Everyone’s talking about veganism, and not just because of Veganuary. In January, an employment tribunal found that a vegan was protected from discrimination by the Equality Act 2010. The employee’s ethical veganism met the legal test for a ‘belief’ which, like religion, can be a protected characteristic. In order to qualify for protection, the belief must:
- be a genuinely held belief rather than an opinion or viewpoint;
- be about a weighty or substantial aspect of human life;
- attain a certain level of cogency, seriousness, cohesion and importance;
- be worthy of respect in a democratic society.
In Casamitjana v The League for Cruel Sports, the employee’s ethical veganism went beyond not eating meat or avoiding animal products. He avoided clothes, shoes and cosmetics containing animal products and sought clarification on ingredients from companies before using them. He walked rather than getting public transport because it was less likely to kill insects. He paid for items using cards or coins because bank notes contain animal products. He worked in animal protection and was heavily involved in animal rights activism. He only dated fellow vegans and did not allow non-vegan items in his home. He shaved using an electric razor powered by certified vegan friendly electricity. Based on these beliefs, the employment tribunal judge said that he was ‘satisfied overwhelmingly’ that ethical veganism was a philosophical belief. The employee can continue with his discrimination claim to fight against his dismissal.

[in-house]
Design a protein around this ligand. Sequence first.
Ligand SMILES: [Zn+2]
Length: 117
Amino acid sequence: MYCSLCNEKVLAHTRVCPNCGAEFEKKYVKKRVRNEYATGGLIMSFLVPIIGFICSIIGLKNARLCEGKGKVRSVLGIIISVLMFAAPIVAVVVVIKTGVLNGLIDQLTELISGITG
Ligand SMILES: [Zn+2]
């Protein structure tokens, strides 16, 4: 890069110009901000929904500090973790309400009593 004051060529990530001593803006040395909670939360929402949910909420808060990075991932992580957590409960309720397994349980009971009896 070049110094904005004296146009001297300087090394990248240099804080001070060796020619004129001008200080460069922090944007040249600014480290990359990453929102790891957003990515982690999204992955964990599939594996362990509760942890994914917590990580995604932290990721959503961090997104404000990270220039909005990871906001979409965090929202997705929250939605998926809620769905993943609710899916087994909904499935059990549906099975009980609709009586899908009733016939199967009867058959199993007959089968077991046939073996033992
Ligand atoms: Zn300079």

Although this is being referred to as a landmark case, the effects of the decision are limited. Other courts and tribunals don’t have to follow this employment tribunal judgment, as they would an appeal decision. An appeal is unlikely because the employer was prepared to concede the point (the judge rejected that offer and went on to make his own decision). Most importantly though, the employee’s entire life – professional and private – was dedicated to ethical veganism in a more extreme manner than most vegans, even those who describe themselves as ethically vegan. Not all vegans will meet the legal test.
That said, employers need to be aware of the potential for veganism to be a protected characteristic and ensure that employees are respectful of other people’s lifestyle choices. Ribbing a vegan colleague on the content of their packed lunch is probably now off the menu.